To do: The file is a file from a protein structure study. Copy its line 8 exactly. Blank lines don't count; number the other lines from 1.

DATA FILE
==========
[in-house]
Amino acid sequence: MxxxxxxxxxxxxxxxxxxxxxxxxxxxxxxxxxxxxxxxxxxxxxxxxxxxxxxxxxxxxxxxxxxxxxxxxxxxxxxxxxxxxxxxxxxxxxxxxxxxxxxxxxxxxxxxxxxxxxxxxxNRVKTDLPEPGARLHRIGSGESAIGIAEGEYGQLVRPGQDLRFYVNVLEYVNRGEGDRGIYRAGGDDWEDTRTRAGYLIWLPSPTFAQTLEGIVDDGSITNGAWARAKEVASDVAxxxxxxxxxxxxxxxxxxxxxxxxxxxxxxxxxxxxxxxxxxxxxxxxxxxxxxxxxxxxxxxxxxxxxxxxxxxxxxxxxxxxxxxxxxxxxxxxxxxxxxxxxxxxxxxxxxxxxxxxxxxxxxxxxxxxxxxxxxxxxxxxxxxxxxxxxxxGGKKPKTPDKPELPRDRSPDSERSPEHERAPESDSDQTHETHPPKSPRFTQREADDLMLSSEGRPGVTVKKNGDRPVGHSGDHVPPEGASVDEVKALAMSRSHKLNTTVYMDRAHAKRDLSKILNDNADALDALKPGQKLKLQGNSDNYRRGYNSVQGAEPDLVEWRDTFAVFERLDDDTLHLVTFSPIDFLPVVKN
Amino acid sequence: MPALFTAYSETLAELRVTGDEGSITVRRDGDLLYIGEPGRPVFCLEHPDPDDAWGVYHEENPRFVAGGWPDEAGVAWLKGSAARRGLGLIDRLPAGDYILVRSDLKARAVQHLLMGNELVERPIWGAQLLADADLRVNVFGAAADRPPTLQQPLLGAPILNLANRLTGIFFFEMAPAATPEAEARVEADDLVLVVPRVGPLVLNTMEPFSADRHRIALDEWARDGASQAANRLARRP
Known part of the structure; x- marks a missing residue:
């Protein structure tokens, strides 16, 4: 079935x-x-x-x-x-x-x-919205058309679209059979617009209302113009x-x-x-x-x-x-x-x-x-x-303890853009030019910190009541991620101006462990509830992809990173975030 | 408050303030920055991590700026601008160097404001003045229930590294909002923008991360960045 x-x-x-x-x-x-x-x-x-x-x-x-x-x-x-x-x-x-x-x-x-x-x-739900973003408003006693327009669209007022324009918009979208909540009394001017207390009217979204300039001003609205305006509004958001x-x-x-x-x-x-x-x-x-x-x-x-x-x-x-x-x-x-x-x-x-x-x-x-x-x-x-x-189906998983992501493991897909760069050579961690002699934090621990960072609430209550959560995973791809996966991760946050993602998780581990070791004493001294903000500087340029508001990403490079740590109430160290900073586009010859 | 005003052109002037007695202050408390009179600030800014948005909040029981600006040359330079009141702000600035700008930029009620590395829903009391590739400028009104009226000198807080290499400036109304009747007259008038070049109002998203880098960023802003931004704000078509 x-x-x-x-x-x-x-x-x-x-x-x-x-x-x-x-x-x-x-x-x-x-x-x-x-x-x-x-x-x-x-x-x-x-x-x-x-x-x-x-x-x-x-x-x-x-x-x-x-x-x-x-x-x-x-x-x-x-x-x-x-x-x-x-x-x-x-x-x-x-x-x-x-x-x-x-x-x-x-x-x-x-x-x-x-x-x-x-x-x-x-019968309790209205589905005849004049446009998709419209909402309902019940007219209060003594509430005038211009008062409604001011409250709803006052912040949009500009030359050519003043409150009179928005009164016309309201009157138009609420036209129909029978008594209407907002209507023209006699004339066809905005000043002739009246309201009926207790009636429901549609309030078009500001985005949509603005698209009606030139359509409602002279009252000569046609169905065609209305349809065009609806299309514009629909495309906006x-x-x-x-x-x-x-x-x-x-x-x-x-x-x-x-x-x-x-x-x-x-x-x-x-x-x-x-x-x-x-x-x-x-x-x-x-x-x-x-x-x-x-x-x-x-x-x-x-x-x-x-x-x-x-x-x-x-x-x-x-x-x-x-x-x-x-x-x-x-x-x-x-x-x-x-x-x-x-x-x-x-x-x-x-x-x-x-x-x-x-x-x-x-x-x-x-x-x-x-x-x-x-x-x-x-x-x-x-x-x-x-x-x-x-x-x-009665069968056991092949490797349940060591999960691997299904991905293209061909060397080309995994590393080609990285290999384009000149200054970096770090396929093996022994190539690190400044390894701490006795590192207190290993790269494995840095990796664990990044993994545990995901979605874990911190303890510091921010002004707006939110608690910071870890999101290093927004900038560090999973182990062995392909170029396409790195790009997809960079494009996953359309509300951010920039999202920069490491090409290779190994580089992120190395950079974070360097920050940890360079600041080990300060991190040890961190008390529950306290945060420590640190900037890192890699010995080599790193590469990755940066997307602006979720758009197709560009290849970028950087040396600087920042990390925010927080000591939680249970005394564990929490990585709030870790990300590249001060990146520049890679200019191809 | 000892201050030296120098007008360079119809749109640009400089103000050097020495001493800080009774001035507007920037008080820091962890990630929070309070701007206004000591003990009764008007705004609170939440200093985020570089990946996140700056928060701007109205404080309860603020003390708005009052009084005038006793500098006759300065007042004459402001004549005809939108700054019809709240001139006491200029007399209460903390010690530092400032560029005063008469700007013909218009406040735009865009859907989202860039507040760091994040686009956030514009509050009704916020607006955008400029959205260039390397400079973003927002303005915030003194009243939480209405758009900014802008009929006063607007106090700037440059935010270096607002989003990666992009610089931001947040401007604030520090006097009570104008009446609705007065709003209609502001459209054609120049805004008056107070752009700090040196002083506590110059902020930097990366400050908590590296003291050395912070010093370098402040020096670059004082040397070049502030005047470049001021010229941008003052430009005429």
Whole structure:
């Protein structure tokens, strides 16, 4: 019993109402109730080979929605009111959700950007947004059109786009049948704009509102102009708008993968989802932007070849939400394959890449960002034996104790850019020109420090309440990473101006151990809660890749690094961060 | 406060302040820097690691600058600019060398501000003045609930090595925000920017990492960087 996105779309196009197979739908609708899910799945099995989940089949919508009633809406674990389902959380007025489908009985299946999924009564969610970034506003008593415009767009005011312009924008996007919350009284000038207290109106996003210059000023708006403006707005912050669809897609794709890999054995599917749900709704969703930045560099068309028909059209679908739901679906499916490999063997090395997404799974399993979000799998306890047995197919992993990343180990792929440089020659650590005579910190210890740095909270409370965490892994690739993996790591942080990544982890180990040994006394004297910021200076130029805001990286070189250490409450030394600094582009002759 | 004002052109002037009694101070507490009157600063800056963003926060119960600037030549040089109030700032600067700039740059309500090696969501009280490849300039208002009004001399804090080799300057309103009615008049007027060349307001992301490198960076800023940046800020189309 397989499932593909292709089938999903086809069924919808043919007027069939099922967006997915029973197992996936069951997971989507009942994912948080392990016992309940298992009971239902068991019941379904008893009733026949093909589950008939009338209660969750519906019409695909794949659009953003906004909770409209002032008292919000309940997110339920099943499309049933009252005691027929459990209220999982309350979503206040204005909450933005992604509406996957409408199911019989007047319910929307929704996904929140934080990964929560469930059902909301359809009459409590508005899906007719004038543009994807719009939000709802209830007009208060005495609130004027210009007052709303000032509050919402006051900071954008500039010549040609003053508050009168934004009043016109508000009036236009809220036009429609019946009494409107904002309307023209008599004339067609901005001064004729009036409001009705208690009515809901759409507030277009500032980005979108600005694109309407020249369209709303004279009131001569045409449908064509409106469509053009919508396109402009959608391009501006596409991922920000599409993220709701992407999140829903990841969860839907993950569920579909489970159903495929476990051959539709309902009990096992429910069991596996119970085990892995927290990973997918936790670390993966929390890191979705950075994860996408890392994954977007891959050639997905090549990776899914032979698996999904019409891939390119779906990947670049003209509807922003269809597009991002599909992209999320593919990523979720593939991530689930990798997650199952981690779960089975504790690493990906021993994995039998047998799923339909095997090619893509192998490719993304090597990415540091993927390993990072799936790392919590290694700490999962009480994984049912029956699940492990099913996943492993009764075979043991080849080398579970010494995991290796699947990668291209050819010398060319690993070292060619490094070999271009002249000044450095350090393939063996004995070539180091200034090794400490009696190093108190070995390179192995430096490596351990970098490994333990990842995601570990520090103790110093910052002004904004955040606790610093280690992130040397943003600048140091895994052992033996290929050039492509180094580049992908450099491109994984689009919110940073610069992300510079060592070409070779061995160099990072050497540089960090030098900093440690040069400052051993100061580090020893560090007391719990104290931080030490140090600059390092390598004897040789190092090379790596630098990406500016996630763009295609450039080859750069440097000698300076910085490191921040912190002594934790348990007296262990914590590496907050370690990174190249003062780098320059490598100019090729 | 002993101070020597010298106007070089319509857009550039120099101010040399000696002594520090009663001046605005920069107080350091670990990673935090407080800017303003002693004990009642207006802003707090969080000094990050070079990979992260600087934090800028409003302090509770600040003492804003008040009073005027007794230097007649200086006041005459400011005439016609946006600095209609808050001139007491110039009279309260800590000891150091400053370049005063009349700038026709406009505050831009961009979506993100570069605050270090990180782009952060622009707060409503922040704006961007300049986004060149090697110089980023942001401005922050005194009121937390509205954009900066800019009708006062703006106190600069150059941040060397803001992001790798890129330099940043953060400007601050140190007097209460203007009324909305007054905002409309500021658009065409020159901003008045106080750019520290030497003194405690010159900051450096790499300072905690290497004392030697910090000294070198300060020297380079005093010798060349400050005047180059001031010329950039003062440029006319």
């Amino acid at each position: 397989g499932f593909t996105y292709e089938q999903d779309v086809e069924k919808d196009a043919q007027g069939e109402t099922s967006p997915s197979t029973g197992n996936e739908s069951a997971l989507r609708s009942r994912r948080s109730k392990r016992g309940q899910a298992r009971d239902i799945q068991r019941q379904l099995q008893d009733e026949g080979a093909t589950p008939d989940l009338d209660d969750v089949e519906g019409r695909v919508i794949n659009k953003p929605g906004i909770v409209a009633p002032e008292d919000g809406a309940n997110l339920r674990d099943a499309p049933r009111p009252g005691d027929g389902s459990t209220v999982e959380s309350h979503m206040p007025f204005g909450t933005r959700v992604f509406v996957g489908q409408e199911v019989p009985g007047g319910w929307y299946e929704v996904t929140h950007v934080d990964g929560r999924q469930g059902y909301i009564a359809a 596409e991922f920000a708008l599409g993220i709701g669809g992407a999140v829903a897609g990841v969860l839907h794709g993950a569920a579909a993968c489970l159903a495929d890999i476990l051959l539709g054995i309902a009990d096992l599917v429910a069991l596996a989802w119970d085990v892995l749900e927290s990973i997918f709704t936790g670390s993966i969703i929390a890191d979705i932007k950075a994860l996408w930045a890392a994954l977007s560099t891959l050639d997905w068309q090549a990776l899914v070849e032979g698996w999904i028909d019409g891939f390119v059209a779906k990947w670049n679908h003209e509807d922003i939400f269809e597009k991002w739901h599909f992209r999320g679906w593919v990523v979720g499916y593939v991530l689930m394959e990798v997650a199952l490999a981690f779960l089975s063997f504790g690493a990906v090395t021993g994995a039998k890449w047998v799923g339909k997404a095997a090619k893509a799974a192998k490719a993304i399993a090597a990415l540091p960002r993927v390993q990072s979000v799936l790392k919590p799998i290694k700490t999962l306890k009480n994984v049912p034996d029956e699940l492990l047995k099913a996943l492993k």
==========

């Amino acid at each position: 397989g499932f593909t996105y292709e089938q999903d779309v086809e069924k919808d196009a043919q007027g069939e109402t099922s967006p997915s197979t029973g197992n996936e739908s069951a997971l989507r609708s009942r994912r948080s109730k392990r016992g309940q899910a298992r009971d239902i799945q068991r019941q379904l099995q008893d009733e026949g080979a093909t589950p008939d989940l009338d209660d969750v089949e519906g019409r695909v919508i794949n659009k953003p929605g906004i909770v409209a009633p002032e008292d919000g809406a309940n997110l339920r674990d099943a499309p049933r009111p009252g005691d027929g389902s459990t209220v999982e959380s309350h979503m206040p007025f204005g909450t933005r959700v992604f509406v996957g489908q409408e199911v019989p009985g007047g319910w929307y299946e929704v996904t929140h950007v934080d990964g929560r999924q469930g059902y909301i009564a359809a 596409e991922f920000a708008l599409g993220i709701g669809g992407a999140v829903a897609g990841v969860l839907h794709g993950a569920a579909a993968c489970l159903a495929d890999i476990l051959l539709g054995i309902a009990d096992l599917v429910a069991l596996a989802w119970d085990v892995l749900e927290s990973i997918f709704t936790g670390s993966i969703i929390a890191d979705i932007k950075a994860l996408w930045a890392a994954l977007s560099t891959l050639d997905w068309q090549a990776l899914v070849e032979g698996w999904i028909d019409g891939f390119v059209a779906k990947w670049n679908h003209e509807d922003i939400f269809e597009k991002w739901h599909f992209r999320g679906w593919v990523v979720g499916y593939v991530l689930m394959e990798v997650a199952l490999a981690f779960l089975s063997f504790g690493a990906v090395t021993g994995a039998k890449w047998v799923g339909k997404a095997a090619k893509a799974a192998k490719a993304i399993a090597a990415l540091p960002r993927v390993q990072s979000v799936l790392k919590p799998i290694k700490t999962l306890k009480n994984v049912p034996d029956e699940l492990l047995k099913a996943l492993k």